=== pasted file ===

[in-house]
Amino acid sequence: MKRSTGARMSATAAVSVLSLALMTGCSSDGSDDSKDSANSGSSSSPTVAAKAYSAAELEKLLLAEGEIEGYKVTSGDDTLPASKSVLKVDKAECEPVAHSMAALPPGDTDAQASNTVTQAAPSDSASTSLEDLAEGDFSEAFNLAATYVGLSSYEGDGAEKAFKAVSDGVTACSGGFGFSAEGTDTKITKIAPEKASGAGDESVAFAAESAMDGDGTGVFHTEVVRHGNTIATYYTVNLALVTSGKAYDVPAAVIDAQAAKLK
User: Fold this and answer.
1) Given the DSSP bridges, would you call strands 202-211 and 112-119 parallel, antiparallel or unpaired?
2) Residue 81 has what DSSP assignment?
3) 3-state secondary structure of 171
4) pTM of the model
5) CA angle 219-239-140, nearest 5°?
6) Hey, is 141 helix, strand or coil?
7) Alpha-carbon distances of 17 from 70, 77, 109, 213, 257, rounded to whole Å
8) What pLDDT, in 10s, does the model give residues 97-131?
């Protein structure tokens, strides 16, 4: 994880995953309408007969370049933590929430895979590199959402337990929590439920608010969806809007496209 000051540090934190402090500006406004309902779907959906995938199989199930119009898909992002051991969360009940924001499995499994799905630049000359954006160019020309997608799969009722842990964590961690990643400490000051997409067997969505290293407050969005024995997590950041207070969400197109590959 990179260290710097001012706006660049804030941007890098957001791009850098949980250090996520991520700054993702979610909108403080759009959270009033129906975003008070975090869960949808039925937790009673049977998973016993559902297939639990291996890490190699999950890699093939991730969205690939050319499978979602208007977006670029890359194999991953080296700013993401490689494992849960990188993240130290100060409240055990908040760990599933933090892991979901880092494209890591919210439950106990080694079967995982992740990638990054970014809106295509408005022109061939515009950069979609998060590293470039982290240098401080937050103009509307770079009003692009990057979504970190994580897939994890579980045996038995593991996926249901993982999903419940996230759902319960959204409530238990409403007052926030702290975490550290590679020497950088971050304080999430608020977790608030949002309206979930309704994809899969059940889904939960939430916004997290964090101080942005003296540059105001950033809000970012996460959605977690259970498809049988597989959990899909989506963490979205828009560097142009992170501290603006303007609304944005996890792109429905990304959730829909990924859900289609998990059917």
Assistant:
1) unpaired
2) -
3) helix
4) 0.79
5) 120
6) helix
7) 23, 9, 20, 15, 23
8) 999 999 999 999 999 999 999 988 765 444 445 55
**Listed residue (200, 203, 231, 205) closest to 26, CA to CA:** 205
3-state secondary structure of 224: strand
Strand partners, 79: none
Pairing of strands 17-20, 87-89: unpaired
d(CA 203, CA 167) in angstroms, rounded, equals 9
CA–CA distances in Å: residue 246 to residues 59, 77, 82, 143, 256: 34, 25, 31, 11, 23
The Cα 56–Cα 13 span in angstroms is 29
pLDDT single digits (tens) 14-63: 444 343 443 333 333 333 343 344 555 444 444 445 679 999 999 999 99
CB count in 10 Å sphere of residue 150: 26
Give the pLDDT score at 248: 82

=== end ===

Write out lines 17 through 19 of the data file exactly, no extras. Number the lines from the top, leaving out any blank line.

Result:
4) 0.79
5) 120
6) helix